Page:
The search for info on Lou’s Buffalo background goes on unabated, but unrequited- so far.
Lots of information on his recording career and record releases is available but nothing had been known about his early life in Buffalo.
Teasing little bits of information have turned up. Someone sent me some links to news articles and each contains another piece of the puzzle. I’ll share some of the pieces with you- maybe it will lead somewhere somehow.
We know Lou was born Louis Pegues in 1944 to Louis R. and Georgia L. Pegues. A news clipping from 1946 shows the birth of a sister, and a family address of 84 Walnut.
A 1960 Courier-Express article from reveals the divorce of Lou’s parents and a new family address of 311 Madison Street.
Another Courier-Express article reveals Lou graduated from Hutchinson-Central Technical School (Hutch-Tech) in June 1962, where he studied Building Design and Construction. My guess is he probably sang with schoolmates there in an informal (pop) group, if not in a school group.
The 1966 Pittsburgh Courier has a photo of Lorraine Ellison as ‘Mercury Record’s New Singing Star’, with a dapper Mr. Courtney – described as her Recording Director – showing her some music charts. A trade publication article from 1966 discusses the signing of Walter Davis by ‘Mercury Records executive Lou Courtney’.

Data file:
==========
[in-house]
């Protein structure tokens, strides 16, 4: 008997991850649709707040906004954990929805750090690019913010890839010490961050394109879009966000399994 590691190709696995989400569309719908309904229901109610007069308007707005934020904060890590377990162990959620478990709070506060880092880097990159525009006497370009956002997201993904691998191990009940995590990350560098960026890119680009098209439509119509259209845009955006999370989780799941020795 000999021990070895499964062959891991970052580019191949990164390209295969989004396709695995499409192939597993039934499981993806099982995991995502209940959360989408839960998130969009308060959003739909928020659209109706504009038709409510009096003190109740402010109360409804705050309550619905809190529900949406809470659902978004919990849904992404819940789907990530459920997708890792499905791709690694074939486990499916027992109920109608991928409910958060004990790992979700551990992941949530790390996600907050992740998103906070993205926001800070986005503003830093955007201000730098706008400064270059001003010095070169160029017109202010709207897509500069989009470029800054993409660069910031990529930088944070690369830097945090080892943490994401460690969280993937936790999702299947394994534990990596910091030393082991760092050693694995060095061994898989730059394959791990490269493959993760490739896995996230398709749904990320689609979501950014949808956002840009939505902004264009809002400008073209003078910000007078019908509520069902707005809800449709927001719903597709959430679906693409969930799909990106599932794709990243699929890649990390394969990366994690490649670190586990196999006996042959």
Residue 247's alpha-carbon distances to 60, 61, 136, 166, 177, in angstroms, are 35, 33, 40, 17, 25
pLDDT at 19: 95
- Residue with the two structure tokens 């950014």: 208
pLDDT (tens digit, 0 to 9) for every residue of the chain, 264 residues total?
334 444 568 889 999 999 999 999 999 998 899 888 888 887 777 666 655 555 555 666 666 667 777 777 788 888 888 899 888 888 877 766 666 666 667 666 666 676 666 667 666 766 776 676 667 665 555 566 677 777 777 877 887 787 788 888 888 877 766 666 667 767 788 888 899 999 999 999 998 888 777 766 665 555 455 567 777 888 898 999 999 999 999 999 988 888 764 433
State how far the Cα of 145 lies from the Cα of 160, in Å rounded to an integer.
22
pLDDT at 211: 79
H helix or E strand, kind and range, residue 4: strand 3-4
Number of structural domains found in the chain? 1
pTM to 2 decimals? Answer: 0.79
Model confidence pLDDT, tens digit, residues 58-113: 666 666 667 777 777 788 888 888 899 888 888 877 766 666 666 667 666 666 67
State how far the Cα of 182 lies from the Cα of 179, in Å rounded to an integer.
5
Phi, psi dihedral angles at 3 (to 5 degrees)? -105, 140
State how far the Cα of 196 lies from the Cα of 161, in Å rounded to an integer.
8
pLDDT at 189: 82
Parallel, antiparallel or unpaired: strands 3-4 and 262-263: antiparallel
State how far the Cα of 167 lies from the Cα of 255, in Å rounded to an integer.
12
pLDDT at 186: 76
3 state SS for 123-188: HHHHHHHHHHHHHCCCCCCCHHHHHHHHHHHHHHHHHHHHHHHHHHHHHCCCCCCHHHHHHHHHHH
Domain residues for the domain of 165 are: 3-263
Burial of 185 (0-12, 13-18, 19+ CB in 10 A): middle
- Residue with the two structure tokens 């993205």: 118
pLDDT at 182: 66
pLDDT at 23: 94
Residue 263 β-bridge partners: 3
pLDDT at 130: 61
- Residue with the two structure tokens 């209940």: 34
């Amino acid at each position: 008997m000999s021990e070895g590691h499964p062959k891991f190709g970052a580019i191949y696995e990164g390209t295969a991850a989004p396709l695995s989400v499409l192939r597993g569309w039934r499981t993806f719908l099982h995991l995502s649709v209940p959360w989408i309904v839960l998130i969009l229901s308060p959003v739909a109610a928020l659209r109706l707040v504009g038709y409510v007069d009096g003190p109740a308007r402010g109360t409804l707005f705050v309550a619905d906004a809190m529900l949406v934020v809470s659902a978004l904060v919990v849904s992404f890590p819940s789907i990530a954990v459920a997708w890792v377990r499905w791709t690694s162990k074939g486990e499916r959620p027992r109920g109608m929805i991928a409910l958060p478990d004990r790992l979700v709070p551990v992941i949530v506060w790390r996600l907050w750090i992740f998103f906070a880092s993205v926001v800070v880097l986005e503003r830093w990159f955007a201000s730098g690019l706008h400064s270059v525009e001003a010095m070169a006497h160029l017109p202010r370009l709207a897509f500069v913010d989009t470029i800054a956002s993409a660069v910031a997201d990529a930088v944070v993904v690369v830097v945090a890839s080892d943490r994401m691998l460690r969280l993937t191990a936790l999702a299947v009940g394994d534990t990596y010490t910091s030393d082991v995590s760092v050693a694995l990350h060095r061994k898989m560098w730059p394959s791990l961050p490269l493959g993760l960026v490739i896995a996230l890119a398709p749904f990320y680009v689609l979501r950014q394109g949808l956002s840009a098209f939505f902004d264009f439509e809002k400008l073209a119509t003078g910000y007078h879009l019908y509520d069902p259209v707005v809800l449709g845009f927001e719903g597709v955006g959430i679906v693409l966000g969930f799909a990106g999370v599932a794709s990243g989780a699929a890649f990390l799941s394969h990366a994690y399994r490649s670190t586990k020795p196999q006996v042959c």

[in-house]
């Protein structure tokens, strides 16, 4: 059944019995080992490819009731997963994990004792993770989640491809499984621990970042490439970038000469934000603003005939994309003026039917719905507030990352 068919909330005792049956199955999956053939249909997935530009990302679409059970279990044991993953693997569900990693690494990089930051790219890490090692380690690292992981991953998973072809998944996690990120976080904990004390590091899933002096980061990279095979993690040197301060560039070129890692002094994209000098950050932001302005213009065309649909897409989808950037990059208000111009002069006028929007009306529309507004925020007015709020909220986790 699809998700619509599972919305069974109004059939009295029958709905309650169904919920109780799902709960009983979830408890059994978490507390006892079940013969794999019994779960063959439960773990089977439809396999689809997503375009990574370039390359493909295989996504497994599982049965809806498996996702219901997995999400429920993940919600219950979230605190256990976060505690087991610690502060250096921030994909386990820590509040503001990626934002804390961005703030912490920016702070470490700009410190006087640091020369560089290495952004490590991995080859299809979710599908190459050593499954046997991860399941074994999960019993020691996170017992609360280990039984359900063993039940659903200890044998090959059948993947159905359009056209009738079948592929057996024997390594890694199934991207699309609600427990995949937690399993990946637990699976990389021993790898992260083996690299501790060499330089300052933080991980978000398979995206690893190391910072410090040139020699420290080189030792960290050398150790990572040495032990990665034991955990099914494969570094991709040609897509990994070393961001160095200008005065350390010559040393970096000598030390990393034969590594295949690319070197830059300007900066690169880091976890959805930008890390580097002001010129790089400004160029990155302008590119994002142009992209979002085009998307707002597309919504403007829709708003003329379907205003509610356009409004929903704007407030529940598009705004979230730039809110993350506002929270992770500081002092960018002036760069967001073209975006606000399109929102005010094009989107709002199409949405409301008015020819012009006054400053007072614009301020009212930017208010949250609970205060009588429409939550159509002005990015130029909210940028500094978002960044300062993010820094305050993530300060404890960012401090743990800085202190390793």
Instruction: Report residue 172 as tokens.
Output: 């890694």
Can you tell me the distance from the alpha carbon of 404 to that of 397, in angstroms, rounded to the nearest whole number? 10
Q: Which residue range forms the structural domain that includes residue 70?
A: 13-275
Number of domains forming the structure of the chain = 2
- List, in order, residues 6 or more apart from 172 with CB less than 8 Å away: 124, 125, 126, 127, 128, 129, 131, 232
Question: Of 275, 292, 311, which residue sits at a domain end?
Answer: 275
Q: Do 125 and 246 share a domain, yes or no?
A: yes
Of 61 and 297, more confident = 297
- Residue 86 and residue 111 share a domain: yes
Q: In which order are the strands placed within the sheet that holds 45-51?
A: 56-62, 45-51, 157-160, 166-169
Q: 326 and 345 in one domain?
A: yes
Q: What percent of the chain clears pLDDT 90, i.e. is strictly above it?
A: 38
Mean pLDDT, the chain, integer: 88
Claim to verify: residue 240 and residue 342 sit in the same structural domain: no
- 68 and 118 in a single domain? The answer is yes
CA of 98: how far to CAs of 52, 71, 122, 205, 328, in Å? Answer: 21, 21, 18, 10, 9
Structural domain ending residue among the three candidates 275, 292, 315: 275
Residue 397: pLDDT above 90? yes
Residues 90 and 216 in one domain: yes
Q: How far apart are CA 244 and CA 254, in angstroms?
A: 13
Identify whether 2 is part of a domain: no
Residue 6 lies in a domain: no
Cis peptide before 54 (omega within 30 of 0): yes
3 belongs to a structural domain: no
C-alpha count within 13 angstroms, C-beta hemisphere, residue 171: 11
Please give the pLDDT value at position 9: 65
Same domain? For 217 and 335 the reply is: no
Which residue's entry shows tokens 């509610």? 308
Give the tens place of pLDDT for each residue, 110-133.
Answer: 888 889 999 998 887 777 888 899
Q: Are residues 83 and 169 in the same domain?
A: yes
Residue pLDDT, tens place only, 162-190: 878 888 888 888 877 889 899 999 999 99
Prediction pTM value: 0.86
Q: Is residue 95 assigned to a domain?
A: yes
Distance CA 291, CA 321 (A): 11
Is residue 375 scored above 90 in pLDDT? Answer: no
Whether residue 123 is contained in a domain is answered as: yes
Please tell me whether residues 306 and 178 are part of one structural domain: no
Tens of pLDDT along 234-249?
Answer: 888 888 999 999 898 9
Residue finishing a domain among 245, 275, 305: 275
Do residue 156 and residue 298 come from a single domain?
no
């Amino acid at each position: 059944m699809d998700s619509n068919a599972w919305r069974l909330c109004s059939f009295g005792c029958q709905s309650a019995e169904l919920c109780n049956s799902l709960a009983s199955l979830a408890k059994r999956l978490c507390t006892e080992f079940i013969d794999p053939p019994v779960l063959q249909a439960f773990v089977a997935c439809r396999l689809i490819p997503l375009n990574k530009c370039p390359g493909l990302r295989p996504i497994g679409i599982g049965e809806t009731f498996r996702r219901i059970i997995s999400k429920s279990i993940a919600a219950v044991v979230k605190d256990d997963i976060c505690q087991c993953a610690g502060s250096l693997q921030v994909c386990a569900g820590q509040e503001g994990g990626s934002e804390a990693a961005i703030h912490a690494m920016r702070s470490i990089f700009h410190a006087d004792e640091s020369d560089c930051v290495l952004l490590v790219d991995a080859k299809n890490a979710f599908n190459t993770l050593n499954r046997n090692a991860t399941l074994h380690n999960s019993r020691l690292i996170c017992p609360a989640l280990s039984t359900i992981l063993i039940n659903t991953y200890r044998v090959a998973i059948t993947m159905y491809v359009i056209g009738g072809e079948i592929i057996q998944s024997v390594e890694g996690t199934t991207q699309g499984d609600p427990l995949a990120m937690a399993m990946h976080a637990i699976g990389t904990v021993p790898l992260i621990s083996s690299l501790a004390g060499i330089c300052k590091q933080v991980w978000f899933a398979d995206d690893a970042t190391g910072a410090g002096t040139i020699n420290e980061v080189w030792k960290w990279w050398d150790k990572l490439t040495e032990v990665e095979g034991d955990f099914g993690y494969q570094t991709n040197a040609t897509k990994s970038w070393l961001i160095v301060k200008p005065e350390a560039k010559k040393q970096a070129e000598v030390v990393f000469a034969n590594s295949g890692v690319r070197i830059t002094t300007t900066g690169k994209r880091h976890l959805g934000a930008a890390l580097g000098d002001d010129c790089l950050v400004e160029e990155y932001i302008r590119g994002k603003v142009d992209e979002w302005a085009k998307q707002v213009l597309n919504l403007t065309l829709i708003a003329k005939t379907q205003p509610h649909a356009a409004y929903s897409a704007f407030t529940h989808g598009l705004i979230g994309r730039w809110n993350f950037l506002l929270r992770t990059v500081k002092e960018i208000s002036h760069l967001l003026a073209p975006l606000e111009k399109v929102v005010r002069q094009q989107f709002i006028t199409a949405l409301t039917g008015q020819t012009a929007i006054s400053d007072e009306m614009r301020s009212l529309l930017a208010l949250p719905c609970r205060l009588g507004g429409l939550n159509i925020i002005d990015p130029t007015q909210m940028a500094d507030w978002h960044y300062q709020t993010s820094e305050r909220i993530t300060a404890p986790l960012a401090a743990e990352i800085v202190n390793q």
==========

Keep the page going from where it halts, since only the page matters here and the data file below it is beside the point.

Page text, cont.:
Most recently, a 2012 notice sadly announces the death of Timothy Terell Edwin Pegues in New York City, survived by his father Lou (now ‘Louis Pegues, Jr.’), mother Yvette Moore and two brothers. From that I assume Lou has been living in NYC.
Let’s look back to 1970 when Lou cut an amazing slice of Funk. “Hot Butter ‘N’ All” came out on a one-shot (actually two-shot) label as Hurdy Gurdy #101. It did nothing as far as sales due to its indie-label status but it has subsequently attained high status among Funk and Soul fans.
“Hot Butter ‘N’ All – Part 1” was credited to just Lou Courtney and it’s an amazing slice of hard Funk. Full of explosive energy, with hard drums and blaring horns, Lou puts it over the top with some James Brown-like screams.
The flipside, “Hot Butter ‘N’ All – Part 2”, is an instrumental version. Credited to Mr. C & Funck Junction, it’s the better-known side today because it’s perfect for mixing and sampling. Everything seems slightly ramped-up on this side which is hard to do because the Part 1 vocal version starts on a 9.5 out of 10! It seems to be mixed hotter and has some overdubbed instruments.
Proving that a good track should never go wasted, “Part 2” turns up again on the apparent only other release on Hurdy-Gurdy: “Life Is Free” by Donald Height. Height previously recorded for the Shout label, among others, but here he is uniquely also credited as ‘The Singing Preacher’. Hurdy Gurdy #C-100 uses the exact same backing track as “Hot Butter ‘N’ All – Part 2” but adds entirely new lyrics. Less is known about this tiny label than even is known about the early life of Lou Courtney so we’ll have to be content with this much – for now.
Enjoy the Funk!